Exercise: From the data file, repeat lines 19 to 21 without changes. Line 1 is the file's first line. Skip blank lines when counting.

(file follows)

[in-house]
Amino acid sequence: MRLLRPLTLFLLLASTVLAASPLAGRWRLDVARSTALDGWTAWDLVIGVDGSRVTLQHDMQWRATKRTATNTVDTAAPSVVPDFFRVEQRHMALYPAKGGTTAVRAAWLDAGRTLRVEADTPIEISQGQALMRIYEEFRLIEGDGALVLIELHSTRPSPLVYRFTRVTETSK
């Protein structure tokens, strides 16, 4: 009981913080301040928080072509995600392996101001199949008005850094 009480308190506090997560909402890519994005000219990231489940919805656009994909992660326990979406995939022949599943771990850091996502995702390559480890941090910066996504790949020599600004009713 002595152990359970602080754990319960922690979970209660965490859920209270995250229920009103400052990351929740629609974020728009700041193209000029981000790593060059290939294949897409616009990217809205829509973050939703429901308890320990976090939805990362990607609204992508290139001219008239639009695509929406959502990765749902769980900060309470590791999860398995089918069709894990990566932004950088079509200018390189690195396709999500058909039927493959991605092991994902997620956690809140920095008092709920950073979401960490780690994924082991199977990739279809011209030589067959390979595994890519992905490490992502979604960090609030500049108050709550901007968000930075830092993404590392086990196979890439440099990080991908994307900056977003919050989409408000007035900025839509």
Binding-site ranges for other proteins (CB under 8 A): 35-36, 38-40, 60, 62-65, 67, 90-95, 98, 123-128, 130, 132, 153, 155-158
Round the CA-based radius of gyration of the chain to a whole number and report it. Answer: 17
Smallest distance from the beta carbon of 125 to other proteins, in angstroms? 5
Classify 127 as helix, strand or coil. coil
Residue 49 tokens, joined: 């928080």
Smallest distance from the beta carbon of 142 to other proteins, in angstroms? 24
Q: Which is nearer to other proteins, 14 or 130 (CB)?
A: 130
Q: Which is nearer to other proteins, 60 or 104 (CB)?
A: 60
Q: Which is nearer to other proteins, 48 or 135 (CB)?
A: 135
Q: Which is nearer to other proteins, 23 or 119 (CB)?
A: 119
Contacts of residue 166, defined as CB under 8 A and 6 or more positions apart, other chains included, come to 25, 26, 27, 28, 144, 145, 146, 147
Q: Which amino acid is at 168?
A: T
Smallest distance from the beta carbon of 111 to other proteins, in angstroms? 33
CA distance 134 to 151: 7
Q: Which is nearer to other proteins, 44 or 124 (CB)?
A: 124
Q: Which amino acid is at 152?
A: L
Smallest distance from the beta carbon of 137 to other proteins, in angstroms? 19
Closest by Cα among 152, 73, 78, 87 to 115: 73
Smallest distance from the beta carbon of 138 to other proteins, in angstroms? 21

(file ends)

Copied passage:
Q: Which amino acid is at 168?
A: T
Smallest distance from the beta carbon of 111 to other proteins, in angstroms? 33